By JOHN OYWA and PETER ORENGO

The war-torn Somalia could be headed for deeper trouble if plans to create another autonomous region along its borders with Kenya are carried through.

Although being billed as a good tactical move to help stabilise the lawless country, some observers say it could spark fresh rounds of civil war between regional authorities and the Al Qaeda linked Al Shabaab militia that is causing grave security concerns in the Horn of Africa.

A meeting in Nairobi this week discussed the formation of a semi-autonomous Jubaland that will comprise northern regions of Lower and Middle Juba and Gedo on the Kenya-Somalia border.

If the plan goes through, Jubaland would become the third semi-autonomous breakaway region after Somaliland and Puntland.

A group of former Somalia MPs told the Nairobi meeting that if created, Jubaland would act as a buffer zone and frustrate incursions by Al Shabaab into the region, prevent entry of refugees, and smuggling of arms into Kenya.

Kenya has backed the proposal with the hope it would help crush the Al Shabaab insurgents operating along the Kenya-Somalia-Ethiopia border.

The Nairobi meeting was held at a time Mandera is under siege from heavily armed Al Shabaab fighters.

The rebel fighters have wounded a number of villagers and even police and military officers based in the town and its environs.

Risky undertaking

The militia group have pounded the town with mortar fire as they fight the Somalia Transitional Government troops across the border. The rebel group is opposed to the breakaway.

A former senior police officer, who spoke to The Standard On Saturday, on condition of anonymity because he is still bound by State secrets rules, warned the Kenyan Government to tread carefully on its relationship with the new Jubaland.

“It will not be easy. It may help stop the Al Shabaab in the long run but the Government must be ready for a fight because the militia will definitely resist the creation of the new state,” said the former officer.

He added: “I hope our top security advisors weighed the pros ad cons of openly supporting such an initiative. I hope the Government is prepared to deal with the repercussions.”

But delegates at the meeting downplayed the fears that the creation of Jubaland would create more security problems in the already troubled region.

Muhammed Gandhi, a former defence minister in Somalia who is co-ordinating the plan said it would bring stability in the region occupied by Al Shabaab.

“We are ready to liberate the three regions from Al Shabaab,” he said.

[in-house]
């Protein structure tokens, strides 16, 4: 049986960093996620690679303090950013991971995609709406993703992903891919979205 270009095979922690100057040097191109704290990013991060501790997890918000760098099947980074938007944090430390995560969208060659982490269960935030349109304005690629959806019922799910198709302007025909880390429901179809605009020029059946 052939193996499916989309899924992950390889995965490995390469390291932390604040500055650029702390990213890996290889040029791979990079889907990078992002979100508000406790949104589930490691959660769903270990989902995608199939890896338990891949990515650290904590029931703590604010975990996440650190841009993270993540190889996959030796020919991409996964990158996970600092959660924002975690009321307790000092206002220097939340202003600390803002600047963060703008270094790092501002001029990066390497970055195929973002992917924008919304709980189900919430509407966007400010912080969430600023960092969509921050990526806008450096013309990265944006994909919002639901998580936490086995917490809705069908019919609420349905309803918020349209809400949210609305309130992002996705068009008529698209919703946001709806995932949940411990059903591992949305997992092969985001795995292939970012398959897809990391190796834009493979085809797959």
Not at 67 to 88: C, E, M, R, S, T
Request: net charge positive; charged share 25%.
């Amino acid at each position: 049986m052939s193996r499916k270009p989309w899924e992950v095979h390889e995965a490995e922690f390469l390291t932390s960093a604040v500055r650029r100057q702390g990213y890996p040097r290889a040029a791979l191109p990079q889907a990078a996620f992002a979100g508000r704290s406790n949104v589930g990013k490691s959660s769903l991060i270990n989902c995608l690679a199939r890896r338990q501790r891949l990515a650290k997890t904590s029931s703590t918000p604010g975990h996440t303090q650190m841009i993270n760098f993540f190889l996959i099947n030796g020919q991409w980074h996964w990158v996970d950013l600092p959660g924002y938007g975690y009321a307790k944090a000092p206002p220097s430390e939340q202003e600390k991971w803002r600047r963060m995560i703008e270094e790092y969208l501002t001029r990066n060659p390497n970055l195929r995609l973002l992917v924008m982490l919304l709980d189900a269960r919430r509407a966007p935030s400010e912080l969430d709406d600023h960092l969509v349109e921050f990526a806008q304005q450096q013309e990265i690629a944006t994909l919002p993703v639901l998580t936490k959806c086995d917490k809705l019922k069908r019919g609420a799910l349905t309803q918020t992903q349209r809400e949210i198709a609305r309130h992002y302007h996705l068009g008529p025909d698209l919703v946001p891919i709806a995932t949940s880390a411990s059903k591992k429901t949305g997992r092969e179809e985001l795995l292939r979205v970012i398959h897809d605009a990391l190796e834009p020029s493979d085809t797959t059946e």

A seven day congress attended by Somali’s Transitional Federal Government members of parliament, representatives from African Union, IGAD representatives and elders from the region are supposed to come up with a roadmap of how to defeat the terror group.

On Wednesday, delegates adopted a regional constitution with 81 Articles to help govern the new state. They also elected Professor Gandhi as the new president of Jubaland.

The new ‘country’ is fashioned on the model of the autonomous Puntland and Somaliland in the north.

“We intend to conclude a plan of action that has been ongoing for the last two years. We must restore nationhood and unity to the people of Somalia who have suffered foe the last 20 years,” said Prof Gandhi.

Kenya’s take

He said Somalis in the Diaspora, civil society working inside the war torn country and other groups have supported the plan.

Kenya is reportedly interested in helping develop the new regional administration to establish a buffer zone between it and the Islamist insurgency in southern Somalia.

There are concerns that Kenya’s border with Somalia is a conduit for small arms, which are then distributed to the whole region, and an easy route for refugees.

According to the leaked Wikileaks documents, Kenya is said to have supported the creation of the Jubaland to provide a buffer zone and prevent the entry of refugees and illegal arms.

Wafula Wamunyinyi, the Deputy Special Representative of the African Union Mission in Somalia, says Somalis must drive peace initiatives before outside intervention.

“This plan has the support of AU and Igad members. But we must engage the local community to understand the importance of peace,” said Wamunyinyi.

However, some countries in the region were not enthusiastic about the plan. Ethiopia, for example, is concerned about the likely impact on its own Somali-dominated Ogaden region where rebels are fighting for independence. Others doubt Kenya’s tactical capacity to carry out the plan given the strong presence of Al Shabaab rebels in Jubaland whose capital city is Kismayu.

Recent US diplomatic cables quoted Ethiopian Prime minister Melez Zenawi as fearing for negative regional impact if the plan failed.

The breakaway Puntland has in the past one year witnessed assassination of high profile government officials including a judge and an MP. Somalia slipped into lawlessness following the ouster of President Siad Barre in 1991. The country has since witnesses several coups and murders of top leaders as various clans fight for power.

 

 

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